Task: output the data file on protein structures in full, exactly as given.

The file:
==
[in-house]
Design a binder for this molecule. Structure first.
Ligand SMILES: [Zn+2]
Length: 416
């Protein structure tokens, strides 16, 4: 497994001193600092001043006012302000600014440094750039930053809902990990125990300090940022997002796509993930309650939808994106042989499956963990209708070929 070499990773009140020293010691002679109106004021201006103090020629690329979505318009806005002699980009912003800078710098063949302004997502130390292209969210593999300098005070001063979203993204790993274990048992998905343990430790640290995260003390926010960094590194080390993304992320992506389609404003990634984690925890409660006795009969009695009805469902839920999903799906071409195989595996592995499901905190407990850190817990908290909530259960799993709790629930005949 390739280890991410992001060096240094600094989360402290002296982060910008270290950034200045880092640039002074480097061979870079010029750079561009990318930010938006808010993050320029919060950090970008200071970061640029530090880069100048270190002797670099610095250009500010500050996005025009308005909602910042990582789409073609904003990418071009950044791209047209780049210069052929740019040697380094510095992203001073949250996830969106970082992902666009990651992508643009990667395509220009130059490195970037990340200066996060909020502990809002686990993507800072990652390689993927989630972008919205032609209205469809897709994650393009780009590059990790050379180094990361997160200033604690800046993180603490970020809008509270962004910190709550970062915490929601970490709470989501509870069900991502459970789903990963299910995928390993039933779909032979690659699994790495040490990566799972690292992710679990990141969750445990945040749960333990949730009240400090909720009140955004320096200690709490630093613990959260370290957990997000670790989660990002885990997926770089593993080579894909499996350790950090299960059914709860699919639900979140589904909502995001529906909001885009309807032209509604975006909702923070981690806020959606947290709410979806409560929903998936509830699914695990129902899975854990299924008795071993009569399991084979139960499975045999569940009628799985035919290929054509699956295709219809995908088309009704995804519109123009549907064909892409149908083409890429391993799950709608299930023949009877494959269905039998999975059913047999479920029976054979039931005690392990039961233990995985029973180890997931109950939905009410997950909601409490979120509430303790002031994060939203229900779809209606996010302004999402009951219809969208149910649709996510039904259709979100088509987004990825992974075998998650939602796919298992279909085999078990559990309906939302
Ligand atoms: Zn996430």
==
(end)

[in-house]
Design a binder for this molecule. Structure first.
Ligand SMILES: [Zn+2]
Length: 416
């Protein structure tokens, strides 16, 4: 497994001193600092001043006012302000600014440094750039930053809902990990125990300090940022997002796509993930309650939808994106042989499956963990209708070929 070499990773009140020293010691002679109106004021201006103090020629690329979505318009806005002699980009912003800078710098063949302004997502130390292209969210593999300098005070001063979203993204790993274990048992998905343990430790640290995260003390926010960094590194080390993304992320992506389609404003990634984690925890409660006795009969009695009805469902839920999903799906071409195989595996592995499901905190407990850190817990908290909530259960799993709790629930005949 390739280890991410992001060096240094600094989360402290002296982060910008270290950034200045880092640039002074480097061979870079010029750079561009990318930010938006808010993050320029919060950090970008200071970061640029530090880069100048270190002797670099610095250009500010500050996005025009308005909602910042990582789409073609904003990418071009950044791209047209780049210069052929740019040697380094510095992203001073949250996830969106970082992902666009990651992508643009990667395509220009130059490195970037990340200066996060909020502990809002686990993507800072990652390689993927989630972008919205032609209205469809897709994650393009780009590059990790050379180094990361997160200033604690800046993180603490970020809008509270962004910190709550970062915490929601970490709470989501509870069900991502459970789903990963299910995928390993039933779909032979690659699994790495040490990566799972690292992710679990990141969750445990945040749960333990949730009240400090909720009140955004320096200690709490630093613990959260370290957990997000670790989660990002885990997926770089593993080579894909499996350790950090299960059914709860699919639900979140589904909502995001529906909001885009309807032209509604975006909702923070981690806020959606947290709410979806409560929903998936509830699914695990129902899975854990299924008795071993009569399991084979139960499975045999569940009628799985035919290929054509699956295709219809995908088309009704995804519109123009549907064909892409149908083409890429391993799950709608299930023949009877494959269905039998999975059913047999479920029976054979039931005690392990039961233990995985029973180890997931109950939905009410997950909601409490979120509430303790002031994060939203229900779809209606996010302004999402009951219809969208149910649709996510039904259709979100088509987004990825992974075998998650939602796919298992279909085999078990559990309906939302
Ligand atoms: Zn996430």